The sales tax analysis provided by City Commissioner Jim Sherow provides a compelling argument but may not have contained all of the variables.
Three additional variables must be considered. The first is the fact that 30 to 40 percent of the sales taxes generated are from individuals who do not live in the city. The sales tax revenue generated by nonresidents is of substantial benefit to all city property owners, not just the wealthy. The second is that any sales tax paid is not based on your annual income but on your disposable income, the amount you might actually spend. The third factor is that elimination of the tax does not guarantee elimination of economic development incentives.
Those pushing for continued economic development may lean toward tax abatements and the use of general fund revenue to support business enticement. A re-crunching of the numbers adding in the these three variables indicates that the tax may provide a net benefit of about $48 to $96 for the owner of a house with a market value of $207,000 and an assessed valuation of $23,805.
Should you vote for the tax? You can watch the power point slide show that will be presented by the county, city and chamber of commerce; it will explain the benefits and cost of the tax. It is possible to draw any number of conclusions, depending on how you slice the numbers.
Vote against the tax and the property tax levy for the county and city may go up 9 to 10 mills. You have to figure out if that is really going to be less than the amount you pay in a half-cent sales tax. Another factor is the whole concept of economic development. If the tax does sunset, does that change anything? Does it end economic development or does economic development just become part of the general fund or be tied to tax abatements? Deficit spending on economic development funds has already taken place in three areas: K-18, administrative cost (salaries for city administration) and continuation of DMI. Sunset of the economic development tax may not do away with expenditures; instead, they may become part of the general fund obligation and be added to property tax bills.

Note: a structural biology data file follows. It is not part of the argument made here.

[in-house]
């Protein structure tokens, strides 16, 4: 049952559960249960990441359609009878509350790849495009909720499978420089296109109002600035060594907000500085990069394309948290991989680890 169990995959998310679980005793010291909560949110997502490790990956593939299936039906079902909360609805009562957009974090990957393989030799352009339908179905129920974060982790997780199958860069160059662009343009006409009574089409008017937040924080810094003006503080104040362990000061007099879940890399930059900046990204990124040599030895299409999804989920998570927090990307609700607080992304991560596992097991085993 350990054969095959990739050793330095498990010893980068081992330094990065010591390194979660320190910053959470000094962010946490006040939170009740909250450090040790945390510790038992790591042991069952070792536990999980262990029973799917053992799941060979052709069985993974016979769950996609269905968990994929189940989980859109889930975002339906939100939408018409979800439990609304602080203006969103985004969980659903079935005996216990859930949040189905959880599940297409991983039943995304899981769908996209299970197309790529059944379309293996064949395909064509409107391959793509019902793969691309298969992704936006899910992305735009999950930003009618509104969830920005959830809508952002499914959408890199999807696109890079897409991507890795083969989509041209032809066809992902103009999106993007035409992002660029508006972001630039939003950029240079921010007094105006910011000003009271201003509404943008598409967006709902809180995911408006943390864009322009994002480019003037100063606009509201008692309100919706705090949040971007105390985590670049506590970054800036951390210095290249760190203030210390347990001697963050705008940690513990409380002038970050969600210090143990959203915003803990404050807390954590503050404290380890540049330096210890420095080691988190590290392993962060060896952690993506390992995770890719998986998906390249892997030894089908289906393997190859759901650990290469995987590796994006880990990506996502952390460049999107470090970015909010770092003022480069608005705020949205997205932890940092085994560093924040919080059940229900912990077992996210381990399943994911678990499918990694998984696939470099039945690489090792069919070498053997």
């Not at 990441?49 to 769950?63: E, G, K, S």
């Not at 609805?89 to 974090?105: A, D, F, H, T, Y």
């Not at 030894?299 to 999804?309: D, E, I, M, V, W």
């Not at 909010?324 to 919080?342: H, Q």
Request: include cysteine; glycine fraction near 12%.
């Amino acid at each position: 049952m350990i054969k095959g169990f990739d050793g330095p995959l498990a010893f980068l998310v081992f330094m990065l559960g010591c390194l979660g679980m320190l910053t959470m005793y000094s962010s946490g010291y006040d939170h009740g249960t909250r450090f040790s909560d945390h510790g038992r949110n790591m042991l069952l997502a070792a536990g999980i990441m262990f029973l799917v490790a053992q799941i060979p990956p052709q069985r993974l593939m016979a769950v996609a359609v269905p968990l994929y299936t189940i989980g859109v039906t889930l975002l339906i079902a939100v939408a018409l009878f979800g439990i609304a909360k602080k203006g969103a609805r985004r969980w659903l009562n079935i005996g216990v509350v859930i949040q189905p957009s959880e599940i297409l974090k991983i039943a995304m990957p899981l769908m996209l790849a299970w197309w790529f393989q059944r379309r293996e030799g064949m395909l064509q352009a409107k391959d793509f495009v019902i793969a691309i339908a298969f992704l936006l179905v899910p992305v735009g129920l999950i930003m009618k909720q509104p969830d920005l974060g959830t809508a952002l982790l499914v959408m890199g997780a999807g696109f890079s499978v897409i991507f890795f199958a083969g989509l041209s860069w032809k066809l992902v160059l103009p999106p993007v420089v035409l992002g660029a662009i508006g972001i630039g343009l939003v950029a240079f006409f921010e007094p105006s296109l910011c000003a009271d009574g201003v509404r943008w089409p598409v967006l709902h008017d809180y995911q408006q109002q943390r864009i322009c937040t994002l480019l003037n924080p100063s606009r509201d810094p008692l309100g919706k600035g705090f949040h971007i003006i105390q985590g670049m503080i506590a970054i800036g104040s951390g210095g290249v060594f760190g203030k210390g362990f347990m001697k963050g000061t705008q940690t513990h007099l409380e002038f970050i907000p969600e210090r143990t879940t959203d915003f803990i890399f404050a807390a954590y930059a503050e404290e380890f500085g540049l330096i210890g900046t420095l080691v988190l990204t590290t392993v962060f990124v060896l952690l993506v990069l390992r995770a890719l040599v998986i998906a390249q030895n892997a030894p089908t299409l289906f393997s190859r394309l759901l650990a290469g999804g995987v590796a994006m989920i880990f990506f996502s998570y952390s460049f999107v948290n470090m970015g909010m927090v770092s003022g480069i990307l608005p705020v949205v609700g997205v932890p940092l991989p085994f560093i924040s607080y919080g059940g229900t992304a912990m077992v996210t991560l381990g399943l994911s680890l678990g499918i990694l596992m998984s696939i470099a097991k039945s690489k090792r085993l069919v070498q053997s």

I believe that the City Commission as a group crafted the best possible resolution for presentation to the voters The tax language was crafted to provide the broadest interpretation and to be inclusive of the desires of the population. The City Commission did not have the ability to prevent the tax from being placed on the ballot. The commission’s only course of action was crafting the resolution to explain expenditures. Some on the commission supported 100 percent use of the funds for economic development; others wanted 100 percent for property tax relief. A compromise was reached, and now the voters need to determine the final outcome.
If the tax fails, it leaves open a future one-fourth cent citywide tax for debt relief and infrastructure and it lowers the county and city tax rate by a half-cent. Failure likely will also result in increased future city and county mill levies and limit the continuation of economic development initiatives.
If the tax passes, it will provide some immediate property tax relief, support some selected infrastructure projects and continue economic development efforts on a smaller scale.
I support the resolution passed by the City Commission that outlines the possible use of the continued Riley County half-cent sales tax. I also support a spirited discussion of the facts surrounding the tax. The voters will determine the fate of the tax in November. My personal goal is to continue to strive for responsible growth, support of needed infrastructure and frugal use of tax dollars. I will continue pursuit of that goal with or without the half-cent sales tax.
Wynn Butler, 3600 Windsong Court, is a Manhattan city commissioner.